Turkish Cypriot Coast of 'Ghost Town' Opens After Almost Half a Century

Canan Kevser
05 Жовтня 2020, 17:43
Canan Kevser
05 Жовтня 2020, 17:43

The coastline of the abandoned town of Maras (Varosha) in the Turkish Cypriot city of Gazimagusa will reopen on Thursday, the prime minister of the Turkish Republic of Northern Cyprus (TRNC) announced Tuesday.

The coastline of Maras will be open for public use as of Thursday morning, Ersin Tatar said in a joint news conference with Turkish President Recep Tayyip Erdogan in the capital Ankara.

"Maras issue is a national cause above all political competitions and debates," Tatar said.

"It is a fact that Maras is a TRNC territory. We fully support the decision to make Maras's coastline available to the public," Erdogan said.

Turkey is also ready to support the Turkish Cypriot administration to fully open the town of Maras, Erdogan stressed.

The TRNC had announced the opening of Maras to tourists in 2019.


Closed Maras is a ghost city where entry is forbidden, with the exception of the Turkish army personnel.

Maras used to be one of the favourite hangouts for major celebrities including Hollywood heartthrobs such as Elizabeth Taylor, Marilyn Monroe, Richard Burton and Brigitte Bardot.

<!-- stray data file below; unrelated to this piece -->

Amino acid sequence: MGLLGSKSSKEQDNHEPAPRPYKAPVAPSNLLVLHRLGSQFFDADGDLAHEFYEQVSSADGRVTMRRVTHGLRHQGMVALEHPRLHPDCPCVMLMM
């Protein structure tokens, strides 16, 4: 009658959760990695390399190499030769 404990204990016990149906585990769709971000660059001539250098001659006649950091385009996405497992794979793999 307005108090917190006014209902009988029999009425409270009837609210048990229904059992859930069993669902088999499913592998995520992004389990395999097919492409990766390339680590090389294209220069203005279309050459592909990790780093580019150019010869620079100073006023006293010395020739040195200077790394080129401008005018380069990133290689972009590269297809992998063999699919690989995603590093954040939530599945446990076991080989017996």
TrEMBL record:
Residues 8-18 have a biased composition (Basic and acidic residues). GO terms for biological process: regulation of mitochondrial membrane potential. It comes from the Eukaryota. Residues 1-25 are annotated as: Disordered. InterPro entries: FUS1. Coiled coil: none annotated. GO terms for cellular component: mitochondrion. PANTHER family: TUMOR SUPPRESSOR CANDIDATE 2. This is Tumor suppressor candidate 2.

Located in the southern part of the city of Gazimagusa (Famagusta), Maras had 45 hotels with a 10,000 capacity, 60 apartment hotels, 3,000 trade entities, 99 entertainment venues, and 21 banks, as well as 24 theaters, 25 museums and 4,649 private houses before it became a ghost city. It also had a medium-sized library with 8,500 books, which were in English, Greek and Turkish.  

In 1974, following a coup aiming at Cyprus’s annexation by Greece, Ankara had to intervene as a guarantor power. In 1983, the Turkish Republic of Northern Cyprus (TRNC) was founded. 

Maras has always been an important aspect of the Cyprus issue. In 1994, Cypriot Turks and Greeks discussed opening Maras to settlements in exchange for both sides using Lefkosa (Nicosia) International Airport as part of confidence building measures. But the talks eventually failed. 

For more than 50 years, both Turkish and Greek Cypriots have negotiated with each other for a federation based on political equation with two communities and two regions, but they could not reach a concrete resolution because the Greek side does not want to share the island’s power and wealth with Cypriot Turks.